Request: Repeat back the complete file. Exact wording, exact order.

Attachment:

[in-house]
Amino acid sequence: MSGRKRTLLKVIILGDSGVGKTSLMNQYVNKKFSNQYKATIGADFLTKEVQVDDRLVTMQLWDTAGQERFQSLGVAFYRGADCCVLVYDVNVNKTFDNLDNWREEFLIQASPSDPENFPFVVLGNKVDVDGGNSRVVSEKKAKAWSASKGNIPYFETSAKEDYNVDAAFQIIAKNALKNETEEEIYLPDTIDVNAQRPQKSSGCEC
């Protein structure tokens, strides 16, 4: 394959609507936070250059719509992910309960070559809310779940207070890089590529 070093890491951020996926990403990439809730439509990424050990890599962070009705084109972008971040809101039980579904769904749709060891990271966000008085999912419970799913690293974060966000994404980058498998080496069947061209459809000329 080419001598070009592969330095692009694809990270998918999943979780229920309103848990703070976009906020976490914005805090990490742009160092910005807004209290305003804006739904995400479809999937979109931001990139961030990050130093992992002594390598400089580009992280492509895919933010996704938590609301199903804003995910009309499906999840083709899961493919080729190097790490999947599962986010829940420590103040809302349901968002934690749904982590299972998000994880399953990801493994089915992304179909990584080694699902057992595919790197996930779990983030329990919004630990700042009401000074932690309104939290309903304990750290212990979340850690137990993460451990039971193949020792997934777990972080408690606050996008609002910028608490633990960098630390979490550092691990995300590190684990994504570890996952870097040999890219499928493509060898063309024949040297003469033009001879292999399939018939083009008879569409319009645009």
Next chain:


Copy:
[in-house]
Amino acid sequence: MSGRKRTLLKVIILGDSGVGKTSLMNQYVNKKFSNQYKATIGADFLTKEVQVDDRLVTMQLWDTAGQERFQSLGVAFYRGADCCVLVYDVNVNKTFDNLDNWREEFLIQASPSDPENFPFVVLGNKVDVDGGNSRVVSEKKAKAWSASKGNIPYFETSAKEDYNVDAAFQIIAKNALKNETEEEIYLPDTIDVNAQRPQKSSGCEC
């Protein structure tokens, strides 16, 4: 394959609507936070250059719509992910309960070559809310779940207070890089590529 070093890491951020996926990403990439809730439509990424050990890599962070009705084109972008971040809101039980579904769904749709060891990271966000008085999912419970799913690293974060966000994404980058498998080496069947061209459809000329 080419001598070009592969330095692009694809990270998918999943979780229920309103848990703070976009906020976490914005805090990490742009160092910005807004209290305003804006739904995400479809999937979109931001990139961030990050130093992992002594390598400089580009992280492509895919933010996704938590609301199903804003995910009309499906999840083709899961493919080729190097790490999947599962986010829940420590103040809302349901968002934690749904982590299972998000994880399953990801493994089915992304179909990584080694699902057992595919790197996930779990983030329990919004630990700042009401000074932690309104939290309903304990750290212990979340850690137990993460451990039971193949020792997934777990972080408690606050996008609002910028608490633990960098630390979490550092691990995300590190684990994504570890996952870097040999890219499928493509060898063309024949040297003469033009001879292999399939018939083009008879569409319009645009």
Next chain: